Yes it is! I usually get about 30 minutes a day at the moment only to do writing. Usually that means that I get into the mindset that probably I can only do about 500 words or a bit more if I’m trying – because as we all know a 1000 words takes an hour doesn’t it?
But ideally I’d like to be writing the writer’s goal of 1000 words a day. So what to do about it? Find an extra 30 minutes – possible, but I’d have to sacrifice time spent doing other things, which I don’t want to – I need some time at the moment to do editing and other projects.
So instead the other day I challenged myself to try to do 1000 words in my allotted 30 minute time. And guess what? It happened. I had to change the way I worked a bit, but I don’t think any of it what detrimental to the quality of the writing. Here’s a few tips on how to achieve 1000 words of fiction in 30 minutes:
I found it helpful to know what I was going to write about – I’d already spent time outlining the chapter I was working on. But even if you’re a pantser I think you could still do it.
Instead of pausing to gaze into the distance occasionally before writing the next sentence – commonly known as getting inspiration – just keep thumping the keys – you don’t have time to waste.
Think of it as a deadline – you have to get the story in before the paper goes to press – that kind of thing. It’s amazing how having a set time and a goal motivates you.
Remember that’s its possible. In fact I am sure that its possible to write even more than 1000 words in 30 minutes.
Think about how satisfying it will be to get your 1000 words done so quickly and how that will enable you to do other things – maybe that’s to write 2000 words in an hour or to spend time editing and outlining – things I always find it hard to do if I’ve set myself the goals of 1000 words in a day.
Good luck – and let me know how many words you can write!
The last few weeks have been spent editing my historical fantasy novel set in the Middle Ages: Hell has its Demons. At present I am half way through reading the first draft. I am not making too many edits at the moment, unless I spot a glaring typo. This is my first time editing a full novel length story, and I wasn’t quite sure how to approach it. But I have found that the most valuable thing to do is to just remind myself of what happens in the novel, what I wrote, and to get an overview of the major things that need fixing. For instance I have realised that there are a number of inconsistencies in the middle of the book – chapters out of order etc. Also there are some characters I introduce early on that die away, so I need to make a decision about whether to keep them in and develop them further in the book, or to get rid of them completely, or at least minimize their importance.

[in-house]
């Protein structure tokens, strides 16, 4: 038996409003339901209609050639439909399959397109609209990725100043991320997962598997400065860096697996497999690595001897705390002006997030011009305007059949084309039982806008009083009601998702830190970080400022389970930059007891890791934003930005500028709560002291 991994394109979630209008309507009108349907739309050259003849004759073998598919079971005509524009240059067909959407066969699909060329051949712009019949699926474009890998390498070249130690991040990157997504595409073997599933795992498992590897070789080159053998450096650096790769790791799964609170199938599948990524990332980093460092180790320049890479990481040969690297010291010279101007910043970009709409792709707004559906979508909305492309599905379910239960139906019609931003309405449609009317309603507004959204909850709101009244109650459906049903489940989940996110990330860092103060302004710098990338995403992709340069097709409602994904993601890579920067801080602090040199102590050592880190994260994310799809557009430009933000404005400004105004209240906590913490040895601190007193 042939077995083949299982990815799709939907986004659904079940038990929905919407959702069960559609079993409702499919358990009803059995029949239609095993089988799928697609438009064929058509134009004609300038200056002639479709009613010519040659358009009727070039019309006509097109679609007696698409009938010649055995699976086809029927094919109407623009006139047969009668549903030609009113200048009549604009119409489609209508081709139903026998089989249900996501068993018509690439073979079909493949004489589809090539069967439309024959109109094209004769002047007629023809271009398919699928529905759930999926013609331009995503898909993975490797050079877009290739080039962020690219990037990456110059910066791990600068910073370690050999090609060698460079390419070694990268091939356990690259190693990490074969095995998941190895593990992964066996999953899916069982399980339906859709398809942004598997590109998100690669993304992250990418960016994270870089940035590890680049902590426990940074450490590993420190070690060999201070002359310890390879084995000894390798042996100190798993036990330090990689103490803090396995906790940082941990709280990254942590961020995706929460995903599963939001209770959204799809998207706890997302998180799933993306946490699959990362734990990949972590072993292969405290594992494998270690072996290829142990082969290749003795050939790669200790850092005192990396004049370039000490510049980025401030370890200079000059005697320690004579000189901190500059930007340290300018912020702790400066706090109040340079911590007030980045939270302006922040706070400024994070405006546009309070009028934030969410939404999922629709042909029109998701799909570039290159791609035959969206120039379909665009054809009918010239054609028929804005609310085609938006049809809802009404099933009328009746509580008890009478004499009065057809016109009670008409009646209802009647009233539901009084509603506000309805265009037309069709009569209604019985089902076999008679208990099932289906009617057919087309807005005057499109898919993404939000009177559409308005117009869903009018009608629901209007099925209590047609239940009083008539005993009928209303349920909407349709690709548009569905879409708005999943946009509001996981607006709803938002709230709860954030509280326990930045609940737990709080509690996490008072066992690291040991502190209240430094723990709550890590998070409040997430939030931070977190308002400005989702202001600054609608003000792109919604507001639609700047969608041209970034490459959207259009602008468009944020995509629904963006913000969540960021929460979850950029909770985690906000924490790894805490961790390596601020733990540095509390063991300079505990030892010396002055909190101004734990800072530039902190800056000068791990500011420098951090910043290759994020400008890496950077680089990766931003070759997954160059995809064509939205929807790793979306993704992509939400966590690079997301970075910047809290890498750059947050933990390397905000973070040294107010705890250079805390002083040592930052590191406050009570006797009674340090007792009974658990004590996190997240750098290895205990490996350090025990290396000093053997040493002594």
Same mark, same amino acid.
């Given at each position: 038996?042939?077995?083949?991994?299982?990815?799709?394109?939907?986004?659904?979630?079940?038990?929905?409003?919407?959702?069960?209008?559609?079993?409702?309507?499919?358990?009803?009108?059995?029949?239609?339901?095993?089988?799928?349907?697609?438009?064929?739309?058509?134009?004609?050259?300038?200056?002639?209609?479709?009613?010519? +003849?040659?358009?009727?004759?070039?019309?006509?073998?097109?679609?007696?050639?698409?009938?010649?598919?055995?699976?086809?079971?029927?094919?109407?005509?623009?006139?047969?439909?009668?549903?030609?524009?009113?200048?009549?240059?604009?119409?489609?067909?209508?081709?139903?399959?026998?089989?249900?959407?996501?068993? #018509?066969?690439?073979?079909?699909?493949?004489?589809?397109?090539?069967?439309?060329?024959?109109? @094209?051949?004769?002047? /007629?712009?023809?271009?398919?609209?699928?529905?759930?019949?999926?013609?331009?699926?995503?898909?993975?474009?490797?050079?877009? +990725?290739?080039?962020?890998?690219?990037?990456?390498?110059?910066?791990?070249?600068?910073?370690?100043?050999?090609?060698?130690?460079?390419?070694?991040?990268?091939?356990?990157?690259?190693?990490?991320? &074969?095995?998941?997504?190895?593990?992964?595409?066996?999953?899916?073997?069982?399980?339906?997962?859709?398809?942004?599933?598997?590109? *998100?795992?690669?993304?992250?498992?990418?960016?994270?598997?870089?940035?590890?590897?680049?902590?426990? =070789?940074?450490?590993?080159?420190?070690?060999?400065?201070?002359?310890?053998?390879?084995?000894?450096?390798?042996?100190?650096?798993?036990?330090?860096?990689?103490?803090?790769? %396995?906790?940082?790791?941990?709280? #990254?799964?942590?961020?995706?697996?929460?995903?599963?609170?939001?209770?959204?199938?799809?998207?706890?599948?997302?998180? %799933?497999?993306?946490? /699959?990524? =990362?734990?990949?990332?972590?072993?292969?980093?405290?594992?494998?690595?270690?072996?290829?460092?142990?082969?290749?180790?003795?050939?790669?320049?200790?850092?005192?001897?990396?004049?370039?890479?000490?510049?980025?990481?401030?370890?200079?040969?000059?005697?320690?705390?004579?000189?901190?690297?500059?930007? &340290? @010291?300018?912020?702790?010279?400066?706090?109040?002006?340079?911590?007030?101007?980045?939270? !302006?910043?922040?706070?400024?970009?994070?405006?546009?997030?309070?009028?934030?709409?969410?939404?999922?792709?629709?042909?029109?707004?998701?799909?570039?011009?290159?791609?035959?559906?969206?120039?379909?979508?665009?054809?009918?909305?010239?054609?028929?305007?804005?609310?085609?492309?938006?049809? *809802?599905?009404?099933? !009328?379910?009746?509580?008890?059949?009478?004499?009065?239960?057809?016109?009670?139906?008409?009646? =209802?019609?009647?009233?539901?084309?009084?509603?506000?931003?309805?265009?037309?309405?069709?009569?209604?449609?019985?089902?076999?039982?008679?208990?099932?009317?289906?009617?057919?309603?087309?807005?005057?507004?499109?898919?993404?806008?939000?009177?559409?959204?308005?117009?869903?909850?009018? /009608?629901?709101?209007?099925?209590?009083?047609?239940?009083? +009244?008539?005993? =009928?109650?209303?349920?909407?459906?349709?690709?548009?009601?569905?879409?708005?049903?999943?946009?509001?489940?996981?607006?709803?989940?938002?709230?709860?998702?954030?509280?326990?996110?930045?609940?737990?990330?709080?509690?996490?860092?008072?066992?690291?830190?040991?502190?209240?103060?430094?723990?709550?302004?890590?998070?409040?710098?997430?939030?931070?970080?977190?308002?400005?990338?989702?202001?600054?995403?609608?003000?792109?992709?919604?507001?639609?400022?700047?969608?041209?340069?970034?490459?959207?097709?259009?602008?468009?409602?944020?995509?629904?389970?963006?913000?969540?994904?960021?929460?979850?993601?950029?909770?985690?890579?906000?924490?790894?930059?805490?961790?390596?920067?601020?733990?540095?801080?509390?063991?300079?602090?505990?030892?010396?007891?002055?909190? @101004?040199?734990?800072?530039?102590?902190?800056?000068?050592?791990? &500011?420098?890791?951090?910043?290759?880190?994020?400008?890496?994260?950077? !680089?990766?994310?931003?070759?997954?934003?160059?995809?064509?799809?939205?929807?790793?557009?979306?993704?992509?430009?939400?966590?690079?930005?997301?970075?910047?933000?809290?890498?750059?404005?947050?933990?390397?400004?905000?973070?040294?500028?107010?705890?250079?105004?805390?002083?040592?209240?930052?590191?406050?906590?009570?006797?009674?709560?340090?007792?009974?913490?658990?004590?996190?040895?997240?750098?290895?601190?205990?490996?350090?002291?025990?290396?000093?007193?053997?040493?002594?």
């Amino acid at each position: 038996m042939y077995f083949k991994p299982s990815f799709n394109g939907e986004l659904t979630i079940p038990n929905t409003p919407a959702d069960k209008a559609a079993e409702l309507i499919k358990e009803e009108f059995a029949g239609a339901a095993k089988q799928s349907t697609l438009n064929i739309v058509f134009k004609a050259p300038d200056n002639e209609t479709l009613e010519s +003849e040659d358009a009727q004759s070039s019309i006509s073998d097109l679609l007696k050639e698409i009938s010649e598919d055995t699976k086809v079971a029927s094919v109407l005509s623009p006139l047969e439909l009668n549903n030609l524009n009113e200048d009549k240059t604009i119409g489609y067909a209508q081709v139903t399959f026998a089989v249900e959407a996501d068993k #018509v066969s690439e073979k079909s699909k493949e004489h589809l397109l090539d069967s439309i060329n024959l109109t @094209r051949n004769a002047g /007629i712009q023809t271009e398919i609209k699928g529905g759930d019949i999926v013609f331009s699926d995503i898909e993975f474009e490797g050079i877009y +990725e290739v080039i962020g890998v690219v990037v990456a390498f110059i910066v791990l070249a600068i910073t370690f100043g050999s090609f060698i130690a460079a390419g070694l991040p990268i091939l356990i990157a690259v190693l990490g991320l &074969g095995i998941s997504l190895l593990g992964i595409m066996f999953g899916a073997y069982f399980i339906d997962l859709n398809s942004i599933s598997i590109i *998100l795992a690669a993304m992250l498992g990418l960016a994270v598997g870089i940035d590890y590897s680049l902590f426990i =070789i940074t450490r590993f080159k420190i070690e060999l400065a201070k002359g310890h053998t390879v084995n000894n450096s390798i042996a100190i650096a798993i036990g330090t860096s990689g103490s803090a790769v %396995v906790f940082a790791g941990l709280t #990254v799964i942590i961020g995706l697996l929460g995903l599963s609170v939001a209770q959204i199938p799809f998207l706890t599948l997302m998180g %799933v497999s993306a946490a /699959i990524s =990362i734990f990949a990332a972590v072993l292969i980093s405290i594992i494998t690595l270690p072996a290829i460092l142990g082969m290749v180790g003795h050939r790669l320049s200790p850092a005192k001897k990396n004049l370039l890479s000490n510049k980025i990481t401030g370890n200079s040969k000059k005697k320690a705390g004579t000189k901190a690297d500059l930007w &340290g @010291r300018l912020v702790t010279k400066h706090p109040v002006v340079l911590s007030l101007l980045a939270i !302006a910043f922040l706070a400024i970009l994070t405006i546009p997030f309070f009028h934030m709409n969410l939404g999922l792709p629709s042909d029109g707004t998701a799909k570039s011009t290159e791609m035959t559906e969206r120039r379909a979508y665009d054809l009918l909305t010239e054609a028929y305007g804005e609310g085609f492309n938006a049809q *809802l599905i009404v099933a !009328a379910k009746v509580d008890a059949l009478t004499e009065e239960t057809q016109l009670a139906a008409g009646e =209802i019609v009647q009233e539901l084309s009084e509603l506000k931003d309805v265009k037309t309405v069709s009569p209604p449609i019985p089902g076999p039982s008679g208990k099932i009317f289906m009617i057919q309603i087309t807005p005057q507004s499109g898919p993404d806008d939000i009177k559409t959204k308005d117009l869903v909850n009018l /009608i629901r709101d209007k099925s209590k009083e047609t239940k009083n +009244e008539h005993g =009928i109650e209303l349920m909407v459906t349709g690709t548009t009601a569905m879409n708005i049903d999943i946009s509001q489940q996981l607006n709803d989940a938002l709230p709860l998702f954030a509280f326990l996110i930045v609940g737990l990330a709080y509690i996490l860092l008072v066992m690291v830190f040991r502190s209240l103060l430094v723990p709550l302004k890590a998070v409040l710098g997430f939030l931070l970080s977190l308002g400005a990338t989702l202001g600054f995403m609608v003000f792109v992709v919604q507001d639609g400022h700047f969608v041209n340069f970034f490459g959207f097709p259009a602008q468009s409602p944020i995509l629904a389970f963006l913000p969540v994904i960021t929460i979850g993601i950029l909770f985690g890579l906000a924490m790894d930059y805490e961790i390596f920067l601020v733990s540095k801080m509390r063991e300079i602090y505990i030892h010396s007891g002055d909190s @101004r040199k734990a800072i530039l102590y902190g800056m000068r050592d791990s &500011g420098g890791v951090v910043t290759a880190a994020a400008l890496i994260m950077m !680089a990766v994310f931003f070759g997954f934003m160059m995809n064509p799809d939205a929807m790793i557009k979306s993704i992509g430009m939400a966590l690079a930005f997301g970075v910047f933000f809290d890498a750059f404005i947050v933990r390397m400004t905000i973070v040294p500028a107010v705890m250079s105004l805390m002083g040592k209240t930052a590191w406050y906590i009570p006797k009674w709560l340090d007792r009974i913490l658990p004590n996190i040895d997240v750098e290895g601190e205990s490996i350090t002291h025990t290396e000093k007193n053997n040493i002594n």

I’m enjoying this phase of the process. It’s nice to read through what I have written again as a holistic exercise rather than just reading bits and pieces here and there to check what I should be writing next. The good thing (or perhaps the dangerous thing) is that I like what I have written so far!
My experiment with writing a novel from different first person perspectives – see the Vulture posts, lead me to realize that it would be a lot of work to do this for Hell has its Demons, and I think not necessary either. My reread so far leads me to believe that the three different third person POVs will work quite well. First person POV writing gives fiction a completely different flavour, especially over an extended piece such as a novel, but I hadn’t appreciated that fully until I started writing the Vulture as an experiment. Who knows maybe I’ll take the experiment further at some point in the future, but I know it definitely has helped inform my writing of Hell has its Demons.